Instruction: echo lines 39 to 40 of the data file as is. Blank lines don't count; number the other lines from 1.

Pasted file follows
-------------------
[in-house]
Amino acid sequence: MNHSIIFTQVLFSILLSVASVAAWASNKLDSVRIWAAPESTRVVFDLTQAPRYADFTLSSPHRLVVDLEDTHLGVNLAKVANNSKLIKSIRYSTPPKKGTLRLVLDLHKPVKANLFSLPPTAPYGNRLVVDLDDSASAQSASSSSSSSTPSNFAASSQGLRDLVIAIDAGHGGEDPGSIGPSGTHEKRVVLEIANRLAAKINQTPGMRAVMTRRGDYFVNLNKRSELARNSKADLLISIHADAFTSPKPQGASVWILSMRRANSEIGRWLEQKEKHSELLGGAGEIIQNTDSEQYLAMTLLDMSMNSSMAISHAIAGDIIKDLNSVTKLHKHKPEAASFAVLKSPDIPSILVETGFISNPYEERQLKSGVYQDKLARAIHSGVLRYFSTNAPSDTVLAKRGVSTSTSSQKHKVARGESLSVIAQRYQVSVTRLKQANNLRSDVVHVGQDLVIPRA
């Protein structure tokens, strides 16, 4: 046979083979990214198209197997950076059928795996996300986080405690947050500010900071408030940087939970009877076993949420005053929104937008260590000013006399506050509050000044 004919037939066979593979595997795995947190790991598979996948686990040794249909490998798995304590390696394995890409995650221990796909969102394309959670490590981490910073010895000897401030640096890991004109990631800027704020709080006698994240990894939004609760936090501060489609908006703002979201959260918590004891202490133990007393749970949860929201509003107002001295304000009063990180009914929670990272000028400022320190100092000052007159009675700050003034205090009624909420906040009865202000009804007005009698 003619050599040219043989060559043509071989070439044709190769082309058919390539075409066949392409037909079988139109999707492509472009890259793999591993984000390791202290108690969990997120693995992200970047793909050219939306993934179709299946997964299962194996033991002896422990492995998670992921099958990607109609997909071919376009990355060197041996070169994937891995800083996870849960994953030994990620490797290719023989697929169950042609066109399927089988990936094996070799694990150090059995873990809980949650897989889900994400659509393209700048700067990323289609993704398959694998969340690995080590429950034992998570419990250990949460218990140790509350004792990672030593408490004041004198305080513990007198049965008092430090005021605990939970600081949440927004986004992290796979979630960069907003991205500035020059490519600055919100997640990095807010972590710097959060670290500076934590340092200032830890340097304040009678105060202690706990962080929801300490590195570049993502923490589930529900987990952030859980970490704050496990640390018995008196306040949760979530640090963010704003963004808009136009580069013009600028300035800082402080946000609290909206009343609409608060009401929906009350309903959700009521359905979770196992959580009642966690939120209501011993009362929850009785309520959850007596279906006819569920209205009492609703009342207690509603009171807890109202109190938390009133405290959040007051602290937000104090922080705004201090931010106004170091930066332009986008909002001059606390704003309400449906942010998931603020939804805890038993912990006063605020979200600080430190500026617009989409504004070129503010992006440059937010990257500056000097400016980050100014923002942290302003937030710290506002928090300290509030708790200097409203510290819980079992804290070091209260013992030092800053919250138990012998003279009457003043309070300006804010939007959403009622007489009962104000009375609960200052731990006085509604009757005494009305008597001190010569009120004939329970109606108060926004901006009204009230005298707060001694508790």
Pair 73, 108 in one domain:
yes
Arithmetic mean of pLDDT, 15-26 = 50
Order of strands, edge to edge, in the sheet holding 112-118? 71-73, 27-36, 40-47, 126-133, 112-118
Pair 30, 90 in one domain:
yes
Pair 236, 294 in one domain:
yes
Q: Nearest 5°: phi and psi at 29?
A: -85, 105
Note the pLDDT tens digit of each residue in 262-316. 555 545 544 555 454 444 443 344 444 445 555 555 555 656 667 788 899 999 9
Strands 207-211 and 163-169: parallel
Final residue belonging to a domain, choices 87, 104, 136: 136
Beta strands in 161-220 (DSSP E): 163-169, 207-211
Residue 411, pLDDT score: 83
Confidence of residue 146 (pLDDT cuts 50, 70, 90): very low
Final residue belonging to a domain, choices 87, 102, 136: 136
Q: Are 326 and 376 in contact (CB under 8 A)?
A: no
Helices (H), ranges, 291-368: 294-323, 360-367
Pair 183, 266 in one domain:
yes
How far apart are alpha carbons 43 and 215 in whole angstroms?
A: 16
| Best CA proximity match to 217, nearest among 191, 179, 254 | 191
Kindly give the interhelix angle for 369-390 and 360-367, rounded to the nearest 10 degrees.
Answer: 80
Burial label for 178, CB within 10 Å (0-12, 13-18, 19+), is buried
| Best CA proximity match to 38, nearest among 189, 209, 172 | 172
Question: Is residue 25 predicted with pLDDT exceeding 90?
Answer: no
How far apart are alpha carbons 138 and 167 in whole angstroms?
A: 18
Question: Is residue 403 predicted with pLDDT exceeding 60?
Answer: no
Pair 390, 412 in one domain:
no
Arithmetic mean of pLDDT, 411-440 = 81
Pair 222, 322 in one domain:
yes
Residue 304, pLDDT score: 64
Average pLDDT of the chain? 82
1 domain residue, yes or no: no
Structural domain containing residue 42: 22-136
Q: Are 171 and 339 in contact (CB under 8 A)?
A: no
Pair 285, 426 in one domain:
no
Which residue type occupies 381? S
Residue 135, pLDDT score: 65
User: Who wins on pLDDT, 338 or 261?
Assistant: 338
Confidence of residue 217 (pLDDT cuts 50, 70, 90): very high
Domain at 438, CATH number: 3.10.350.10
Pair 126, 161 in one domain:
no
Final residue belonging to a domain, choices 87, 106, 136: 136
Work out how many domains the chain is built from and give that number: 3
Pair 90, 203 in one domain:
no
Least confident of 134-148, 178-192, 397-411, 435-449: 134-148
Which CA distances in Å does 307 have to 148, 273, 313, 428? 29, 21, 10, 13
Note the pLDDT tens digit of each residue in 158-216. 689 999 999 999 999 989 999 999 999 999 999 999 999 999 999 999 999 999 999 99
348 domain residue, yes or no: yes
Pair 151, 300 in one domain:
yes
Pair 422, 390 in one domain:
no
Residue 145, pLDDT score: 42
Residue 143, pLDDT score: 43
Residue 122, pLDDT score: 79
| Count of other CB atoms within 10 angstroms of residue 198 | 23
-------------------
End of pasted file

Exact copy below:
Pair 390, 412 in one domain:
no